Artist Interviews 2022
Jen La Vita
By Julia Siedenburg
Jen La Vita is a boston-born now local angelino ex-military badass of a woman. And a very talented artist on top of it. Influenced by scenes of nature and the day-to-day life around her, Jen captures colorful beautiful moments that put a smile on peoples faces.
I had the honor to get introduced to this great lady from a former Art Squat interviewee and I am so happy I got to interview and get to know her.
And now you can do too. So please enjoy, dear readers.
Your paintings show so much vibrance, and love and give the viewer a sense of ease and happiness. Is that the type of art that you enjoy and are drawn to?
Thank you for your kind words! I want people to feel joy, wonder, and inspiration when they see my art.
Art that connects with the natural world and evokes that wanderlust feeling is what moves me the most. I appreciate art that makes me something deep in my soul - that unexplainable ache. I am a big dreamer, a free spirit. I also appreciate work with interesting color play and textures, or technical skills that I admire.
How does creating art make you feel?
Creating art is a lifeline for me. It’s such an important outlet for my energy and ideas. I am always spinning with thoughts and to be able to be still and take the time to translate that onto something physical is a huge release and sense of accomplishment. I love sharing it as well. My art has enabled me to connect with so many lovely people over the years. It’s been an incredibly valuable and validating experience for me.
Some of your images are very realistic and some are more dreamy. On what criteria do you decide if the painting will be done with loose or clean lines? Do you decide based on mood? Or Maybe memory?
Wow, what a great question! Something that I think I’m not even conscious of most of the time. I usually visualize the painting before I start. I start with a general composition and color palette in mind. My approach is a mix of the subject matter and how I feel as I conceptualize and then begin to paint. If it’s something I’ve seen in real life, I draw from the essence of that place or experience. I can tell which pieces I did while I was full of emotions, they tend to be very loose but also deliberate. On a day I feel less certain and careful, I tend to get very detailed. Commissions from photographs are generally a bit tighter because I’m wanting to replicate something specific. When I paint water or skies, I generally like to be loose and let the paint flow and unfold on its own. I am a very intuitive painter so my mood is a factor in how I approach the work at that particular time.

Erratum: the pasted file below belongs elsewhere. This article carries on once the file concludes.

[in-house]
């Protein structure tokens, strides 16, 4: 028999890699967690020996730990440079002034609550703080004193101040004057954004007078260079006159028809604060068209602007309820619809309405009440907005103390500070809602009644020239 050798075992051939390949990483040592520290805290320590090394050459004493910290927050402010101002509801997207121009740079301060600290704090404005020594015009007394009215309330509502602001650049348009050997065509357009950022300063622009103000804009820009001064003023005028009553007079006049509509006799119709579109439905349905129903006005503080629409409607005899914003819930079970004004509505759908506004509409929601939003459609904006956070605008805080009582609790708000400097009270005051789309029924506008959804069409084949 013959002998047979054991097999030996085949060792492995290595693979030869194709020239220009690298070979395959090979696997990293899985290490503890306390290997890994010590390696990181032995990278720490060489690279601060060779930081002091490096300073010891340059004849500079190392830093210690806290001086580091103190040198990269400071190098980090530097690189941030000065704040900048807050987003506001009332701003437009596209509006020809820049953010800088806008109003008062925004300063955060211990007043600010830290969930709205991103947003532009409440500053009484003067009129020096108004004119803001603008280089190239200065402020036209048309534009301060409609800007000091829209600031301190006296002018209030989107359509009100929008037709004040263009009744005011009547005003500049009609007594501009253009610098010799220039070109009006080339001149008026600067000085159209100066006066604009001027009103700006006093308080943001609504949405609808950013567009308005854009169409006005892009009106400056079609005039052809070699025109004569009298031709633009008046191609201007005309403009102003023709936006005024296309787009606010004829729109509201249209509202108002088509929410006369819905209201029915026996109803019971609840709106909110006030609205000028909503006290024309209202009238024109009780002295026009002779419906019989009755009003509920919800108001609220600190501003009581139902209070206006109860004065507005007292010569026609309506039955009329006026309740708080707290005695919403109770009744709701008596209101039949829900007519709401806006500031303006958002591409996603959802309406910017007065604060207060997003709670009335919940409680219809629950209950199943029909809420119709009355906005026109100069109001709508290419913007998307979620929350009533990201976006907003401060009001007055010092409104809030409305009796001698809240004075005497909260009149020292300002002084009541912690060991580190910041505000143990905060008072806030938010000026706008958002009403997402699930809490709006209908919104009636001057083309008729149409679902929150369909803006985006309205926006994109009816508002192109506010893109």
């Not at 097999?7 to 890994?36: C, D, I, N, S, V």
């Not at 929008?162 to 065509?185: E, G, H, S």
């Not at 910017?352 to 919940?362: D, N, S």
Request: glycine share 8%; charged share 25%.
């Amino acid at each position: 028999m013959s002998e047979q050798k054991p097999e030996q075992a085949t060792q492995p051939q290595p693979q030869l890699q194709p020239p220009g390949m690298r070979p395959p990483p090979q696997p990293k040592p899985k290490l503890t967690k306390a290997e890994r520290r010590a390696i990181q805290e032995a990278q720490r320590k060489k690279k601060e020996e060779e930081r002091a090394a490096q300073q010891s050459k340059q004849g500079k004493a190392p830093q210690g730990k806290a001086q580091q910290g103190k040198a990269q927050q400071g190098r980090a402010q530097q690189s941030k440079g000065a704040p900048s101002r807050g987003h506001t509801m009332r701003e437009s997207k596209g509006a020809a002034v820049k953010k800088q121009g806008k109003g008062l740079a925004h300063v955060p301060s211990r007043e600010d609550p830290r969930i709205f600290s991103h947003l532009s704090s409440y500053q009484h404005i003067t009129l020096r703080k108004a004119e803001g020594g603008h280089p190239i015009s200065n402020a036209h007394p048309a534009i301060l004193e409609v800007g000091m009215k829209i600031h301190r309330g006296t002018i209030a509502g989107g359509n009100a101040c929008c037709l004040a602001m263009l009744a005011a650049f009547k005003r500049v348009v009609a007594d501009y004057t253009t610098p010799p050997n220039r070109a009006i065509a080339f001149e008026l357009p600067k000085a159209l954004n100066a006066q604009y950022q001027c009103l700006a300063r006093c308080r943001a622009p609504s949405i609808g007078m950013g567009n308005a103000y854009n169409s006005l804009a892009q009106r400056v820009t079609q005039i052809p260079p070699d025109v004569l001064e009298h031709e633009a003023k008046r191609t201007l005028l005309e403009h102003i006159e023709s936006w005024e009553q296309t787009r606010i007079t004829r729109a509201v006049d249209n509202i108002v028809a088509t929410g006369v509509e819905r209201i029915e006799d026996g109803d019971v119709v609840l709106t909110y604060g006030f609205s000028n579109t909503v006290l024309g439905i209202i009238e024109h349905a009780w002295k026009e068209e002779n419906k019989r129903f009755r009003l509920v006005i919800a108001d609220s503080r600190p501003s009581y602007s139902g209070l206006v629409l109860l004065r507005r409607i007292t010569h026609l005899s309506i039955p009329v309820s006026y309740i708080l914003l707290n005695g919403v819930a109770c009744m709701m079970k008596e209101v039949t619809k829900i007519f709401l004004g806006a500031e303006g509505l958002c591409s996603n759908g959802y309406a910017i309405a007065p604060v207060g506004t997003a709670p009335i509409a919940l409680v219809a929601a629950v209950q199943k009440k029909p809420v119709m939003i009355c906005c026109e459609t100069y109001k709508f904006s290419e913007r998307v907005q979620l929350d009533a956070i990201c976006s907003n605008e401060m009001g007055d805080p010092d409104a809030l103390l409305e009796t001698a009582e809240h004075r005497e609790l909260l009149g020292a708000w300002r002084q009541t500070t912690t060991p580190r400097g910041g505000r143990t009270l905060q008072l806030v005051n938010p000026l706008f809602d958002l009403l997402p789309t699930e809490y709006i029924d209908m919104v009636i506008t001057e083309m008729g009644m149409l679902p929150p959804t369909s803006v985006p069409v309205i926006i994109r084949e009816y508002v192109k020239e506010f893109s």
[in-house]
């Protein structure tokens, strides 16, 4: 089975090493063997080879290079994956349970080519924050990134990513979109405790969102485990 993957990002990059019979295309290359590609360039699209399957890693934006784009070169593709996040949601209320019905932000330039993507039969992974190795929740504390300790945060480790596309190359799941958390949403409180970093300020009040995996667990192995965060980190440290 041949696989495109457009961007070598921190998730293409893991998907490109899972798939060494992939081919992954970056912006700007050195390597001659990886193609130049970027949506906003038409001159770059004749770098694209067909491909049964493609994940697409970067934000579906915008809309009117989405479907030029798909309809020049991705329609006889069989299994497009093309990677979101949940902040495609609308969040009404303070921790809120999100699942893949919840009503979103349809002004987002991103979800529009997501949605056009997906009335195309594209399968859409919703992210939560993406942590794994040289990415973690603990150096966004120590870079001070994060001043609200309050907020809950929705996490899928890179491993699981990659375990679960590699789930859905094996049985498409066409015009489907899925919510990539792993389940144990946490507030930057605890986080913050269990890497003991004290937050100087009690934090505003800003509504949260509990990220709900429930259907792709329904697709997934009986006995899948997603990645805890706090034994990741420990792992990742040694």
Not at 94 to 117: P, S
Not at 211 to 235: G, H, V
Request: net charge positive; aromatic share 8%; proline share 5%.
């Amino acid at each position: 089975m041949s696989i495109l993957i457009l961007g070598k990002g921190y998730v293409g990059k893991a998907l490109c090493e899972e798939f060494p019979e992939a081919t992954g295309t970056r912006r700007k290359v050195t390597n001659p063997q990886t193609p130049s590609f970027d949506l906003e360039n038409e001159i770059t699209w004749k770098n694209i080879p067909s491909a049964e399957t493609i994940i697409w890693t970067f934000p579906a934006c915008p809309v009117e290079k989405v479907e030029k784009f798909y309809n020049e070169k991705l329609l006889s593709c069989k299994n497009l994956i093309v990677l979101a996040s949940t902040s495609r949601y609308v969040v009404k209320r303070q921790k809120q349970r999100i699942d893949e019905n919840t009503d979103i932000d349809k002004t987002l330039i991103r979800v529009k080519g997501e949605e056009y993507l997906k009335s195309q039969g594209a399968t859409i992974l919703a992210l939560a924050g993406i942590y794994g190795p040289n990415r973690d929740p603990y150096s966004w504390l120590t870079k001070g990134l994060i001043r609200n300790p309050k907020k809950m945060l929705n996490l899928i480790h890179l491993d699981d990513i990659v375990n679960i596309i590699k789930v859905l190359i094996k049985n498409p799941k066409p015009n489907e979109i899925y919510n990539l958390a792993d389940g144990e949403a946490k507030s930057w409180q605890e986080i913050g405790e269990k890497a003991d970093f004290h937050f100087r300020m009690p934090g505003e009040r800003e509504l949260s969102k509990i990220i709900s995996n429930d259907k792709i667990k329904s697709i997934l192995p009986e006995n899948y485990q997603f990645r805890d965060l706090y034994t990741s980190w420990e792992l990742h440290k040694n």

Do you think that your experience in the military has influenced your style?
My military experience will always be a part of me and how I operate. During my service is when I first really started doing art for myself. At my first duty station, I had A LOT of free time, not many friends, and was often alone in my barracks, needing something to keep me occupied (and sane). I crafted up a storm in there. I took myself out to art museums and started one of my favorite paintings, “Whales’ Song” while alone over a holiday weekend. My military service was when I first started to turn to paint as a way of therapy and self-expression. It gave me an outlet to be “myself ” in occupation and lifestyle that is very rigid. I felt like through art, I was still fostering my creative, softer side. I also did one of my first murals in the Army, got some of my first painting commissions, and designed many, many event t-shirts.
Are your ideas for images influenced by the city you are currently in?
As a highly visual person, my surroundings constantly influence my art and ideas. It’s one of the reasons I love LA so much. There is so much natural beauty here from the ocean to the mountains to the desert. I also love the vibe of the city, so sunny and alive. My painting, “Magic Hour”, is an ode to LA. It celebrates the beauty of Southern California with contrasting city life.